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I am from programming background but with very limited knowledge of maths.

I am very much eager to learn and apply game theory to understand dynamics of International Politics and economics. But I am facing difficulties to understand the maths involved in it.

So,

  1. What are prerequisites for understanding the math in the game theory?
  2. What are the authentic sources to understand game theory mathematically and and its application in the international politics and economics?
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There is a difference between the requisites to master something and to understand it. The latter is a sensible goal, while the first not so much. –  Mariano Suárez-Alvarez May 30 '13 at 6:01

3 Answers 3

  1. Secondary-school math. And since game theory is essentially math, along the way you'll learn more math.
  2. Ken Binmore's Playing for Real: A Text on Game Theory is suitable for undergraduates and doesn't get heavily mathematical at all.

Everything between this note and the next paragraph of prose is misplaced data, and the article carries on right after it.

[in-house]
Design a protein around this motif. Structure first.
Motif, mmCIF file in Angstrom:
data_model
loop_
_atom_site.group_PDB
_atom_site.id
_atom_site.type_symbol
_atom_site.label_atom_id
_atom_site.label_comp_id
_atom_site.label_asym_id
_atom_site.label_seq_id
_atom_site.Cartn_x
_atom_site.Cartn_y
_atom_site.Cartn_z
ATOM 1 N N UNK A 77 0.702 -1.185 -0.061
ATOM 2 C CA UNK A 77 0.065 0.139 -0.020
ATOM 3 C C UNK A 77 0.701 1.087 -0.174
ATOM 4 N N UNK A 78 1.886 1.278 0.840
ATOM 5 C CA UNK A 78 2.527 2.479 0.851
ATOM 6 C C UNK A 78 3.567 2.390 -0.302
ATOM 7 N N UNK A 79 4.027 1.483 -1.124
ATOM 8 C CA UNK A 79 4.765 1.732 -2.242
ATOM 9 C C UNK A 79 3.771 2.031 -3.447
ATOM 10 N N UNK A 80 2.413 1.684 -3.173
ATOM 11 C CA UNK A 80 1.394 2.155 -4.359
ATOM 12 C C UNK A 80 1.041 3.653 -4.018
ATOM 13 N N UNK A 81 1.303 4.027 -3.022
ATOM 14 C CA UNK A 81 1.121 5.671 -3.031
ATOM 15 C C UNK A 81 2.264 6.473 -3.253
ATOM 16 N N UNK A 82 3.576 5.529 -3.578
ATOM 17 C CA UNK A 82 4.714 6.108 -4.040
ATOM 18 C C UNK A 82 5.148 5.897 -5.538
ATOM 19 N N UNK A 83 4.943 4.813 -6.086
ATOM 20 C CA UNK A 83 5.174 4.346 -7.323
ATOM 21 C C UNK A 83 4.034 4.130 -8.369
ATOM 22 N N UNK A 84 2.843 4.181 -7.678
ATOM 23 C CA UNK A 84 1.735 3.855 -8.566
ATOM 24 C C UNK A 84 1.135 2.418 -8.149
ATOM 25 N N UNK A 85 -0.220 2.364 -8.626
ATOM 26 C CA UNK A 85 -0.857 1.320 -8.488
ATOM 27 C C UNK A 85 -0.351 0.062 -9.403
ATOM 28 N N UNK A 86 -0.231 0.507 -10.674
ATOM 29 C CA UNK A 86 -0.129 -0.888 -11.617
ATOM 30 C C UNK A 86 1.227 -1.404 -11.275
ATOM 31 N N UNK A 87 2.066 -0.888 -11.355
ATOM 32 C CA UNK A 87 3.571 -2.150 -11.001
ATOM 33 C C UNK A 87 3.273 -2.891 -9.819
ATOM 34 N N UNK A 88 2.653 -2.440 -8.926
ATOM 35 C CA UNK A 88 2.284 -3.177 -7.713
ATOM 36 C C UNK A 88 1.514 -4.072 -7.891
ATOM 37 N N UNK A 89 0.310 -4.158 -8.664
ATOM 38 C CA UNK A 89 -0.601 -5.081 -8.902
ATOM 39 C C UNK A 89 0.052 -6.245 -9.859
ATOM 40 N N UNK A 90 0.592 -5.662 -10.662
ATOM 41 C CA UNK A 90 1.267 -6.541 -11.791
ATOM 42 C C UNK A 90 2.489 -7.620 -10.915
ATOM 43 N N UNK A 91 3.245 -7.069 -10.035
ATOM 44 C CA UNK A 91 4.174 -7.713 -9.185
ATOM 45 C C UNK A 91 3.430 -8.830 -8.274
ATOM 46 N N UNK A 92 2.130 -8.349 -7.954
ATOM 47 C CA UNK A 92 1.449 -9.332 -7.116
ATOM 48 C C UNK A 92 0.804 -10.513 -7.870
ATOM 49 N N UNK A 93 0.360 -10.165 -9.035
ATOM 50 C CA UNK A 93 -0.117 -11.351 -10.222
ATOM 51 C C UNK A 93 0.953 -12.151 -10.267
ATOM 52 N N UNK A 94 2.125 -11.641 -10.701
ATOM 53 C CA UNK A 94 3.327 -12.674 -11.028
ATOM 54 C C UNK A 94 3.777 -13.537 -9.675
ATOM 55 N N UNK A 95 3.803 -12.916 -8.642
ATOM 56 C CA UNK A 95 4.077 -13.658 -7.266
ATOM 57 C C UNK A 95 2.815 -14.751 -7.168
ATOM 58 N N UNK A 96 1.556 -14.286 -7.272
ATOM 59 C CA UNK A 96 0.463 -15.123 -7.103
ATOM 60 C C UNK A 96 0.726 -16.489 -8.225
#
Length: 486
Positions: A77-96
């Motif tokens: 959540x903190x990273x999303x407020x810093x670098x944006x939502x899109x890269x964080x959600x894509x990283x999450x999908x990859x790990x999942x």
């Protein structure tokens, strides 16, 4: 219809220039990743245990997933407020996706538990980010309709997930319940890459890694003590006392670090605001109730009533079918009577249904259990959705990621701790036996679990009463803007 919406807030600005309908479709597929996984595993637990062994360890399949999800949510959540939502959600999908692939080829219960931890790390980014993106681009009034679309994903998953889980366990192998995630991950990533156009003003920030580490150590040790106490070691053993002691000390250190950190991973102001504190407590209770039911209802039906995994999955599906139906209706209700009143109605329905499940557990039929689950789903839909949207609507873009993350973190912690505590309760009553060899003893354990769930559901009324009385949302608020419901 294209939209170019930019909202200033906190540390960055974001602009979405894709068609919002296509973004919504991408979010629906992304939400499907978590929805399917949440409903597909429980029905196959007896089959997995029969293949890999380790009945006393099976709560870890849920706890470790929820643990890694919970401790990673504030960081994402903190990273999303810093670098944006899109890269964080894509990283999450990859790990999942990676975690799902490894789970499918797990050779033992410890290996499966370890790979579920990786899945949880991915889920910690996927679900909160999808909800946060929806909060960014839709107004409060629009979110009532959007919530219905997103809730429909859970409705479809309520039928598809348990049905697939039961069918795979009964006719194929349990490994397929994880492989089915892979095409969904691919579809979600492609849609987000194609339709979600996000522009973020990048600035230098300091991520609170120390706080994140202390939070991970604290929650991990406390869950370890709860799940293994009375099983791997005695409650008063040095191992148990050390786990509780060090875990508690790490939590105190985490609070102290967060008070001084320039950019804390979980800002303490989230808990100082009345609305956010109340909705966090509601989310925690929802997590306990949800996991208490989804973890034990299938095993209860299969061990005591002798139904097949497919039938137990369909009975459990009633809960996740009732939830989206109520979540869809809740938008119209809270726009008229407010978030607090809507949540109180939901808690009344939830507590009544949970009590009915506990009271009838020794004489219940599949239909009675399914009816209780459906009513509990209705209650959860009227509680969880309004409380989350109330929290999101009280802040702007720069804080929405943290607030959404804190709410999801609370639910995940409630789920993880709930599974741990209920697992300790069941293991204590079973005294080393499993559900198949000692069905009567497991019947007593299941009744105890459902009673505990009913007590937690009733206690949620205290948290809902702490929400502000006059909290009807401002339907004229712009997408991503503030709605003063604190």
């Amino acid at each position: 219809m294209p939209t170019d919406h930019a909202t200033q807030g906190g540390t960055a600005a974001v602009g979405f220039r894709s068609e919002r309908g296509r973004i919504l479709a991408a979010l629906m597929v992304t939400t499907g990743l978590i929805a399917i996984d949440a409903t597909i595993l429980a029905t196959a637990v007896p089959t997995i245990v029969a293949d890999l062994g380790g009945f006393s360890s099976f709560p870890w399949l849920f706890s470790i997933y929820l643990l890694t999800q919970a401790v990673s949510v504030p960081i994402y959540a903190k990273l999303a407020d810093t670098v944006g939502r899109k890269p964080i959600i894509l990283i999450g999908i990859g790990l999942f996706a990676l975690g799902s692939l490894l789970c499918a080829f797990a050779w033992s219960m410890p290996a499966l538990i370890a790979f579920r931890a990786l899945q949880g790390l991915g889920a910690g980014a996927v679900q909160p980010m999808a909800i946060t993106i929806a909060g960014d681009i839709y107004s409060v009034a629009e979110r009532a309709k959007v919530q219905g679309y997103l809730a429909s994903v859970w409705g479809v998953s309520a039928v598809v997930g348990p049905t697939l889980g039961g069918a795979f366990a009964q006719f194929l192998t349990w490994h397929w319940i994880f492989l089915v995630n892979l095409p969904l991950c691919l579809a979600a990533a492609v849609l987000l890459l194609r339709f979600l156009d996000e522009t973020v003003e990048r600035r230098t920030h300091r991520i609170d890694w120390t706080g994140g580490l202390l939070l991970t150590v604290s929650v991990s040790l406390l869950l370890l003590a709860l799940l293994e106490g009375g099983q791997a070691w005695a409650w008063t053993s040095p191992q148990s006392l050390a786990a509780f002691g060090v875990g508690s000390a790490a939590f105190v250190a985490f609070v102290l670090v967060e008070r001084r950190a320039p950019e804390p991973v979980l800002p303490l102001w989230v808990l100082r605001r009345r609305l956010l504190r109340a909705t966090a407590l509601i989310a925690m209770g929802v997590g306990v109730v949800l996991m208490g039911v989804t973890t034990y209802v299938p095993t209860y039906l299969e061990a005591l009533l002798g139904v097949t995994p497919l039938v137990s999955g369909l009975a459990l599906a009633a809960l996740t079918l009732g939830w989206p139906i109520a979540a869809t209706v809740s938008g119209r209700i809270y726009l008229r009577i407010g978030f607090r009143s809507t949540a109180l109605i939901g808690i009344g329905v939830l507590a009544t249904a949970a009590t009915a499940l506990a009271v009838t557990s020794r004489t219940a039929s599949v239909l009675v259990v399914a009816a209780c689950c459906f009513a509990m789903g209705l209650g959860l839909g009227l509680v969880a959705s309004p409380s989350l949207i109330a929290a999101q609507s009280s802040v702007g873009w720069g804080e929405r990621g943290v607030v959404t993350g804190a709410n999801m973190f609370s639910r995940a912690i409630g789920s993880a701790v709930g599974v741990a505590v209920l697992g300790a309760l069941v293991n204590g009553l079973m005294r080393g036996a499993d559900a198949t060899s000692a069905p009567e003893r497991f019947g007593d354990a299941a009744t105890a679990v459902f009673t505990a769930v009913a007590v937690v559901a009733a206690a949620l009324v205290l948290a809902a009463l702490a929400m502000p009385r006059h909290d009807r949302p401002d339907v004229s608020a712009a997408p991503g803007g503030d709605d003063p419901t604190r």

• What is game theory about?
  • How do I apply game theory?
  • Why is game theory right?

There's even a marker in the margin in places where you're allowed to skip some of the math and move on to the next bit.

It isn't easy to write in a light-hearted style when presenting mathematical material, but I did my best.

I think he did an excellent job.

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As @JordanMahar mentions, Fudenberg and Tirole is the standard graduate-level text. But I would start with Game Theory for Applied Economists by Gibbons. It is very readable.

Prerequisites for Gibbons are minimal. A little algebra and probability will do just fine.

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In economics, the classic source for game theory is:

Fudenberg, D. and Tirole, J. (1991). Game Theory

At least with Game Theory applied to economics, you can begin with a minimal knowledge of mathematics (applied calculus and some set theory will usually suffice).

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